The Agency of Commerce and Community Development (ACCD) opened and then closed its Buy Local Vermont Program last week with the program opening at 11 a.m. with $425,000 in vouchers for Vermont businesses. All the funding was committed by mid-afternoon on the day of its launch on September 8. 

At the time the program opened, 1,052 businesses from every county were vetted and approved to be a part of the program. Ninety-one percent of those businesses (959) will receive money from the program from the deals consumers selected. In total, 20,857 Vermonters activated verification codes and 11,847 received discount offers to local businesses in their communities.

During registration, codes were sent to consumers in the order in which they were requested. Once the codes were sent, offers were awarded on a first-come, first-served basis. To ensure equity in the program across counties and business sectors, funding was allocated to different regions of the state. Ensuring equity slowed down the issuing of the codes, as so many were seeking to participate at once. Offers in Chittenden, Franklin, Washington and Lamoille counties sold out quickly, while other regions had offers available later into the day.


Participating businesses received an average of $436 each through the program and funds will be sent to the participating business immediately. Customers who received deals have until October 31 to redeem them. 

So, what did that look like locally? Vermont ACCD provided a partial list of local businesses to receive approval for the funding. In Waitsfield, Three Mountain Café, Scout’s Honor, Mad River Barn, Stoke Ramen Bar, Whippletree Designs, von Trapp Farmstead, Bundy Modern, The Starving Artist, Valley Arts Festival Gallery and Sally Kendall Massage were qualified to participate.

Julie Burns, Three Mountain Café, said she hadn’t yet seen any benefit. June Anderson, co-owner of Bundy Modern said she didn’t either, but noted that she wasn’t expecting anything.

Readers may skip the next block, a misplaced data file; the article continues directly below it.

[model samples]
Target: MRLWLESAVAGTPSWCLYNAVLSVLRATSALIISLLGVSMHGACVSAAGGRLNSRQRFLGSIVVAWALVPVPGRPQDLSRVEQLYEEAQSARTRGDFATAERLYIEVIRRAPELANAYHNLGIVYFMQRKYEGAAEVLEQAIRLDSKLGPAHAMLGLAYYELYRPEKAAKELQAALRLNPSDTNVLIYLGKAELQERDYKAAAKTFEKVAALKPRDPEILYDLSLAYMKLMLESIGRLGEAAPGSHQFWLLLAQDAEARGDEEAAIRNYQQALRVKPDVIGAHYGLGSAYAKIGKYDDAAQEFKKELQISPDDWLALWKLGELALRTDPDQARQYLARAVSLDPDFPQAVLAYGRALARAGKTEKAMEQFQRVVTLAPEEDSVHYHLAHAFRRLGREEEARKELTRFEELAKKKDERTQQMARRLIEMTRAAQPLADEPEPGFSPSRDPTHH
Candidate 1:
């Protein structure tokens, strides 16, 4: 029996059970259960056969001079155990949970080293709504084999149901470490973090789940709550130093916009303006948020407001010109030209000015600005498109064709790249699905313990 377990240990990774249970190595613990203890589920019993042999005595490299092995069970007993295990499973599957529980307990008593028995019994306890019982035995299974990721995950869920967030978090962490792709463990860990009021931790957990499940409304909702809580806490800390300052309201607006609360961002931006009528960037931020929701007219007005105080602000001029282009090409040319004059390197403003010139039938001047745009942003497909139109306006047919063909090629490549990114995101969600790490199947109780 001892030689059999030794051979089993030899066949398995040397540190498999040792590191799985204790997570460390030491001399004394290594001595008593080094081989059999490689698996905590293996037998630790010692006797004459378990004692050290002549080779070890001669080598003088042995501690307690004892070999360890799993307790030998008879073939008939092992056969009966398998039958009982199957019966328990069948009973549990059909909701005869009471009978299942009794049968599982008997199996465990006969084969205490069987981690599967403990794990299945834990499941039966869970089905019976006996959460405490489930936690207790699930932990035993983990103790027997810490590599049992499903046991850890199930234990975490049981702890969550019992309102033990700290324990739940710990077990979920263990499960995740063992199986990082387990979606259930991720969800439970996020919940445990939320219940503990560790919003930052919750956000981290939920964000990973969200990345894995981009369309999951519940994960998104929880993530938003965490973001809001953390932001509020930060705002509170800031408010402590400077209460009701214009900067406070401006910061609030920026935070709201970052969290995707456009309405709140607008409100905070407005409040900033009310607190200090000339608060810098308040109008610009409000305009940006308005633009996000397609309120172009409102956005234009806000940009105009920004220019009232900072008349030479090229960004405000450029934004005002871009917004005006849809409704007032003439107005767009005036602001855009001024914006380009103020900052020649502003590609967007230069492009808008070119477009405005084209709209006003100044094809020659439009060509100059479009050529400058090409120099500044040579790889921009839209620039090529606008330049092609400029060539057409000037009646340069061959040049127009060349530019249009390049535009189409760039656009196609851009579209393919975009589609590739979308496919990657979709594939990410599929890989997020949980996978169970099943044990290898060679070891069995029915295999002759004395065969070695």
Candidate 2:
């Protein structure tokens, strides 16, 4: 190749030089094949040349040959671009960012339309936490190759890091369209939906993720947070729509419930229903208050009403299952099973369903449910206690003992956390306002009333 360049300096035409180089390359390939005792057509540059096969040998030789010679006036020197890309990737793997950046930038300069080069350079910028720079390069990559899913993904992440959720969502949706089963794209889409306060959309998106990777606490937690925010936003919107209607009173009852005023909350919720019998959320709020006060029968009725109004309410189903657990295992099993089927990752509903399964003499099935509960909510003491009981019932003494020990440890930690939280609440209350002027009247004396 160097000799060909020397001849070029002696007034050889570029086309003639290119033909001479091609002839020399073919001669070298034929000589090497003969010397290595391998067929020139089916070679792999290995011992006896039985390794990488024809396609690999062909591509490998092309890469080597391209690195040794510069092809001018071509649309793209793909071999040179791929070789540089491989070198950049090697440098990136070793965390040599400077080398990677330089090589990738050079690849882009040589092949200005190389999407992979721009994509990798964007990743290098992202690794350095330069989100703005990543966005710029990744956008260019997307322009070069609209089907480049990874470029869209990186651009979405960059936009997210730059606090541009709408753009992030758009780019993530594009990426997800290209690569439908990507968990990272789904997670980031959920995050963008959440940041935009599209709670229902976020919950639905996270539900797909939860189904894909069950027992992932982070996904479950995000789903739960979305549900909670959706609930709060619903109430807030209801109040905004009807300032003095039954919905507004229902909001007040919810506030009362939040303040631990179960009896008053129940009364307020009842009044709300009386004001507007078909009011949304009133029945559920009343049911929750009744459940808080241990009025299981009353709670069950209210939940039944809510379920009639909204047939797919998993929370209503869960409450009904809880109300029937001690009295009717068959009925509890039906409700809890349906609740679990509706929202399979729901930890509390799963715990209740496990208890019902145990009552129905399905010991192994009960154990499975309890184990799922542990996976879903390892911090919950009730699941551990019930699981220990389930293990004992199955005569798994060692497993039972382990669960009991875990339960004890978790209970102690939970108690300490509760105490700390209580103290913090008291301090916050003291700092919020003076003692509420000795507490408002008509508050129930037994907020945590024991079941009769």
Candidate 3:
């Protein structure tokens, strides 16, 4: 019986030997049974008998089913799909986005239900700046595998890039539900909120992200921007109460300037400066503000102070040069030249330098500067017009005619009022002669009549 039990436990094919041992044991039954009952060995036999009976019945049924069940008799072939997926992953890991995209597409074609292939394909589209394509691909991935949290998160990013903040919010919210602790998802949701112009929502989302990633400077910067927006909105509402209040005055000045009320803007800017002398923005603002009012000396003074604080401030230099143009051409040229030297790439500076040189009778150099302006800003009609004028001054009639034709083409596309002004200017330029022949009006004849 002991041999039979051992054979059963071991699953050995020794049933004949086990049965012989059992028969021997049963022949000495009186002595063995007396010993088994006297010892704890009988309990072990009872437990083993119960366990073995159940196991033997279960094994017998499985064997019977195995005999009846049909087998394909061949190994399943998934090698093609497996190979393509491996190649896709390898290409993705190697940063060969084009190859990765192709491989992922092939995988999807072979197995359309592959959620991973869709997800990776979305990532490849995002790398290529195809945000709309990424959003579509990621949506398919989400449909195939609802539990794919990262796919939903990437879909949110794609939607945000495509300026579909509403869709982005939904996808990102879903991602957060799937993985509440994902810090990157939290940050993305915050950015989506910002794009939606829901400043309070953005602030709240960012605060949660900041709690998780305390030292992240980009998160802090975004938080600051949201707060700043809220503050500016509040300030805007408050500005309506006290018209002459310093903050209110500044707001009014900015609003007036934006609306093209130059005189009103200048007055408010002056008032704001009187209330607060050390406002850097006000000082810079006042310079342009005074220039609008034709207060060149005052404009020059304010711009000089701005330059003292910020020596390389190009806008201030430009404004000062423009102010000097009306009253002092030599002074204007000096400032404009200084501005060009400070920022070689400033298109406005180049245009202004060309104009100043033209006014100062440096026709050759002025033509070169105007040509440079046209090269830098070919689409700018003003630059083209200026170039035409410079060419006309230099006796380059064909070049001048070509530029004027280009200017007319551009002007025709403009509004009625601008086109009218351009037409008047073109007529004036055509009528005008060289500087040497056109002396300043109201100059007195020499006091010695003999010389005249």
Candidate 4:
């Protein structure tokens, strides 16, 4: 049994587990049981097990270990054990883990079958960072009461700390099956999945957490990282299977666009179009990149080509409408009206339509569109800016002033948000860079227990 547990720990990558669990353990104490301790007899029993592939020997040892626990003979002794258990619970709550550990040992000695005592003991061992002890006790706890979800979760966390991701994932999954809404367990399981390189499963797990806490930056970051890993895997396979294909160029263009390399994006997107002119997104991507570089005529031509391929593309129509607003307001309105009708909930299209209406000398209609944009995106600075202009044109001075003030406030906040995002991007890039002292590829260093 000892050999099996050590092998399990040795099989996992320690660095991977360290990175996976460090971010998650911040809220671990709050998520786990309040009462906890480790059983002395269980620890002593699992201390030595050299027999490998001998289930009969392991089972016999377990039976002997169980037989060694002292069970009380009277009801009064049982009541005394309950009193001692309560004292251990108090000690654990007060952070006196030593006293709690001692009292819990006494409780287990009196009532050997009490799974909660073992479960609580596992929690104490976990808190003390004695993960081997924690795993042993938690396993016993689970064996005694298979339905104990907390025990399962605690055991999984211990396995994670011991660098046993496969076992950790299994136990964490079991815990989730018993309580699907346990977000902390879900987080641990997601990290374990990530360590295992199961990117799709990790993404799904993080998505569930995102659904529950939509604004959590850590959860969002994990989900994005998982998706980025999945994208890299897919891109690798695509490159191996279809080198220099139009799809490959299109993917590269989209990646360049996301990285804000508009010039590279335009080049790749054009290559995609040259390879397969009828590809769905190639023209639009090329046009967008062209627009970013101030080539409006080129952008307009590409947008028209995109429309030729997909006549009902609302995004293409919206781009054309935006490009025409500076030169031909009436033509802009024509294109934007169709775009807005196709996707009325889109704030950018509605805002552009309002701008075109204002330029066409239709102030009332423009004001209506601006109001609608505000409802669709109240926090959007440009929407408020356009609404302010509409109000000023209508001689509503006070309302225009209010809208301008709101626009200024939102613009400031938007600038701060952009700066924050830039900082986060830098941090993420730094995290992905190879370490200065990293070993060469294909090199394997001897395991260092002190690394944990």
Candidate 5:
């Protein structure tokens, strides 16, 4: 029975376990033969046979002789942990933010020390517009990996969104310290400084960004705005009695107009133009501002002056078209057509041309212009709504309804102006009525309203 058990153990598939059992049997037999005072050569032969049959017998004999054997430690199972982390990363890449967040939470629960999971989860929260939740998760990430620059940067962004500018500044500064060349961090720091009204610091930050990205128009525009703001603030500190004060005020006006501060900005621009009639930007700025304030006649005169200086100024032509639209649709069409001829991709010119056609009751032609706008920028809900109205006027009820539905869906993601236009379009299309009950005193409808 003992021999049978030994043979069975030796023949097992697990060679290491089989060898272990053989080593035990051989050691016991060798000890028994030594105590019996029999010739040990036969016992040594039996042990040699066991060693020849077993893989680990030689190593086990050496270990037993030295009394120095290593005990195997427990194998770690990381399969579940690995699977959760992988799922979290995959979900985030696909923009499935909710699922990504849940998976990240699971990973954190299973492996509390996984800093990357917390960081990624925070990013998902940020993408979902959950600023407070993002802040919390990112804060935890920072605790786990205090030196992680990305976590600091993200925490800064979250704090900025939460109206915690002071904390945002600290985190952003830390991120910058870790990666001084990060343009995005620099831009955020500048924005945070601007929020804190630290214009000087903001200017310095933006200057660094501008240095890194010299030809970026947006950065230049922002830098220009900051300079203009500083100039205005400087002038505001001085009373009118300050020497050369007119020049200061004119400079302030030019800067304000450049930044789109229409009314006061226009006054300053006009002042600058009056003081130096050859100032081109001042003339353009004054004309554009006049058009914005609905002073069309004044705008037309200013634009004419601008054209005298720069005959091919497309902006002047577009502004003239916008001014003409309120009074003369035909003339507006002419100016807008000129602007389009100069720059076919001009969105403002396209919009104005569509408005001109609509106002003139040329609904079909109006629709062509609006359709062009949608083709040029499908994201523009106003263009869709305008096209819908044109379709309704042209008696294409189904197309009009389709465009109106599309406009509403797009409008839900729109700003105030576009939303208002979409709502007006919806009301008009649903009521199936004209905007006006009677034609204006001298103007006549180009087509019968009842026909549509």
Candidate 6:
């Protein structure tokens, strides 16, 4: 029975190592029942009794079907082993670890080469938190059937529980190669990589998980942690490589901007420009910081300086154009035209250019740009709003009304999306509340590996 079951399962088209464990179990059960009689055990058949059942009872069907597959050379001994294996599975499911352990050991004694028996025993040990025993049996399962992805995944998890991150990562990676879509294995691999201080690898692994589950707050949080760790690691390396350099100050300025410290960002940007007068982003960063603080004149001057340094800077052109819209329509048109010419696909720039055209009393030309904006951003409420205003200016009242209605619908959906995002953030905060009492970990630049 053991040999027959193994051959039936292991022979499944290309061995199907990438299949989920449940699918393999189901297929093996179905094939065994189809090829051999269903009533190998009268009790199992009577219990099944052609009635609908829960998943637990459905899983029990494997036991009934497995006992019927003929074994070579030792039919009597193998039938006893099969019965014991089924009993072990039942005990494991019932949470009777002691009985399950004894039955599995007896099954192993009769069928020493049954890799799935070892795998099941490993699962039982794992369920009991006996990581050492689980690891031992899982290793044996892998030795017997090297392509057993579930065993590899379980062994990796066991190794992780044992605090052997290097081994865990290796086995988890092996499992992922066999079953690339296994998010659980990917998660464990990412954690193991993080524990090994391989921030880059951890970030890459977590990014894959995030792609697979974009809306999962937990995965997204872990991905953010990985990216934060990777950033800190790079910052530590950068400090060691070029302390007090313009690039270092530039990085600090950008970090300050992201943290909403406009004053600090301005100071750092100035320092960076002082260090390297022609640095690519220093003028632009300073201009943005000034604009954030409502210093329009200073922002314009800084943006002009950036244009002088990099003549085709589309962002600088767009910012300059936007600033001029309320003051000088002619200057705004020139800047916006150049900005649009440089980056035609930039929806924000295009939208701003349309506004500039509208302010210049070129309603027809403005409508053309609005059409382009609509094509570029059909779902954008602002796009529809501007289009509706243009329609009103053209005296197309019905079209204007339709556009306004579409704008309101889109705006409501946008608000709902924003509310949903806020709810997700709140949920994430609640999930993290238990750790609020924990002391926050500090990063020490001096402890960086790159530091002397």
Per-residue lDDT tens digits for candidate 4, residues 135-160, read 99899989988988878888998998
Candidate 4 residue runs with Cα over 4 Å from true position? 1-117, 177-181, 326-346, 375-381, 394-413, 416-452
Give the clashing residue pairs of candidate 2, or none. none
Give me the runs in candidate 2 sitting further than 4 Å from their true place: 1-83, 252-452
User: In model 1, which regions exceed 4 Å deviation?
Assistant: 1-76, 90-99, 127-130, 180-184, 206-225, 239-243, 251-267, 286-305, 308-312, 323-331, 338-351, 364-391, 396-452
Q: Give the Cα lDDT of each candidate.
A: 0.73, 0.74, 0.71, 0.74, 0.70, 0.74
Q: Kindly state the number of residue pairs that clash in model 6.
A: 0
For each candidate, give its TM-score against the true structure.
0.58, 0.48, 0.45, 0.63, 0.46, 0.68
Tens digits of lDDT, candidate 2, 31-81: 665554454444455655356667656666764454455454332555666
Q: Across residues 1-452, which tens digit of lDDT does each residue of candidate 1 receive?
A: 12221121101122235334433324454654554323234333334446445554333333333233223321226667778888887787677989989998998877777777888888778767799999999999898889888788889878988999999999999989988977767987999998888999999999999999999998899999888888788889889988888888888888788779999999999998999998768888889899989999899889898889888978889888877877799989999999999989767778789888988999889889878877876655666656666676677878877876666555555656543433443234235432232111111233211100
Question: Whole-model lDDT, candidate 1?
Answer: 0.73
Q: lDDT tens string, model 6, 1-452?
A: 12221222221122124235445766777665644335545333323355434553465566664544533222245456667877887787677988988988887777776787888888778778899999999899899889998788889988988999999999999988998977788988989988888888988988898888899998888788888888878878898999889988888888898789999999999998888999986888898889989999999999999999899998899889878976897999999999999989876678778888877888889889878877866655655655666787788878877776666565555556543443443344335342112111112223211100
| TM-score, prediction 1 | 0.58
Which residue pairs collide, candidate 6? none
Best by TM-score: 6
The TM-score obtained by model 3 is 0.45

In Waterbury, Blackback Pub, Bridgeside Books, Stowe Street Emporium, Thai Smile Restaurant, Axel’s Gallery and Frame Shop, Smugglers’ Notch Distillery, Foggy Mountain Naturals, Tabbatha Henry Designs, Best Western Plus, Green Mountain Dojo, Stowe Street Café, Lasting Image Salon, Yarn, Proud Flower, Zachary’s Pizza of Waterbury, Tiny Acorn, Earth Sea Acupuncture, Musical Munchkins with Andrea, Snowfire Auto, Waterbury Service Center, KD’s Bagel Café, The Ice Center, Zenbarn, Ziemke Glass Blowing Studio, Lake Champlain Chocolates Store and Café, Zenbarn Farms, Michael’s on the Hill, Birdfolk Collection and The Forge Gym qualified.

Karen Nevin, director of Revitalizing Waterbury, was unavailable to comment on the impact of the promotion on local businesses. Eric Friedman, executive director of the Mad River Valley Chamber of Commerce, said he had concerns about the execution of the program.

“The idea was to get these $30 gift cards for Vermonters to spur local spending. The idea was to get money into the hands of businesses as quickly as possible. After a contractor was hired, things got convoluted and the state relied on state chambers to be their eyes and ears on the ground to disseminate the information,” Friedman said.

“The funds were exhausted in eight hours, not all businesses were able to get in on it and not all Vermonters could get these gift cards,” he said.

Of the $500,000 allocated for the program, $75,000 went to a contractor to create and execute the program.

ACCD has proposed expanding the pilot program through a $50 million request of CRF funds in the governor’s 2021 budget being debated in the Legislature. ACCD will continue to update these numbers and issue additional details in the coming days.